Abstract [en]

    A multiresponsive enamine-based molecular switch is presented, in which forward/backward configurational rotation around the C=C bond could be precisely controlled by the addition of an acid/base or metal ions. Fluorescence turn-on/off effects and large Stokes shifts were observed while regulating the switching process with Cu-II. The enamine functionality furthermore enabled double dynamic regimes, in which configurational switching could operate in conjunction with constitutional enamine exchange of the rotor part. This behavior was used to construct a prototypical dynamic covalent switch system through enamine exchange with primary amines. The dynamic exchange process could be readily turned on/off by regulating the switch status with pH.

  • 113.
    Ren, Yansong
    et al.
    KTH, School of Engineering Sciences in Chemistry, Biotechnology and Health (CBH), Chemistry, Organic chemistry. KTH - Royal Institute of Technology.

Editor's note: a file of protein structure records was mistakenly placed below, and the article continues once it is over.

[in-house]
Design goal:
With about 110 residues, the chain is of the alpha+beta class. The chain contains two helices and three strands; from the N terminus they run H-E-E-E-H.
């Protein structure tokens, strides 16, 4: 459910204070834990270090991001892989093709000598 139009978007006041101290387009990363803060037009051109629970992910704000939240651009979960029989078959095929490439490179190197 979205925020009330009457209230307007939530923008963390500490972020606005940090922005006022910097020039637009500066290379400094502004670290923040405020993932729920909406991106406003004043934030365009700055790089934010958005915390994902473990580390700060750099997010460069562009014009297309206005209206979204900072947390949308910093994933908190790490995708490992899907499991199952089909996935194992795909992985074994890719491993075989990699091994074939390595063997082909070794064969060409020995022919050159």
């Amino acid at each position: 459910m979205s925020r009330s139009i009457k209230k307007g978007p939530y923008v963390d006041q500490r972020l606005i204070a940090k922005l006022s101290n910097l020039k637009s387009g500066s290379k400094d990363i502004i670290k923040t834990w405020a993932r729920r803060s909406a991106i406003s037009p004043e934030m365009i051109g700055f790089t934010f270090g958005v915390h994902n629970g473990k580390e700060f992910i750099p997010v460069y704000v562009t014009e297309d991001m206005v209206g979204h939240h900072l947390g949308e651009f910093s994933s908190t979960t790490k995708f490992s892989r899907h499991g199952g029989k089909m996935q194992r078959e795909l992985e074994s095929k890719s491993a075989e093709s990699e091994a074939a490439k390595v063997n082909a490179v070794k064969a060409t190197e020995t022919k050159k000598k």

Xie, Sheng
    KTH, School of Engineering Sciences in Chemistry, Biotechnology and Health (CBH), Chemistry, Organic chemistry.
    Grape, Erik
    Inge, A. Ken
    Ramström, Olof
    KTH, School of Engineering Sciences in Chemistry, Biotechnology and Health (CBH), Chemistry, Organic chemistry.
    Multistimuli-Responsive Enaminitrile Molecular Switches DisplayingH+‑Induced Aggregate Emission, Metal Ion-Induced Turn-OnFluorescence, and Organogelation Properties2018In: Journal of the American Chemical Society, ISSN 0002-7863, E-ISSN 1520-5126, Vol. 140, no 42, p. 13640-13643Article in journal (Refereed)
    Abstract [en]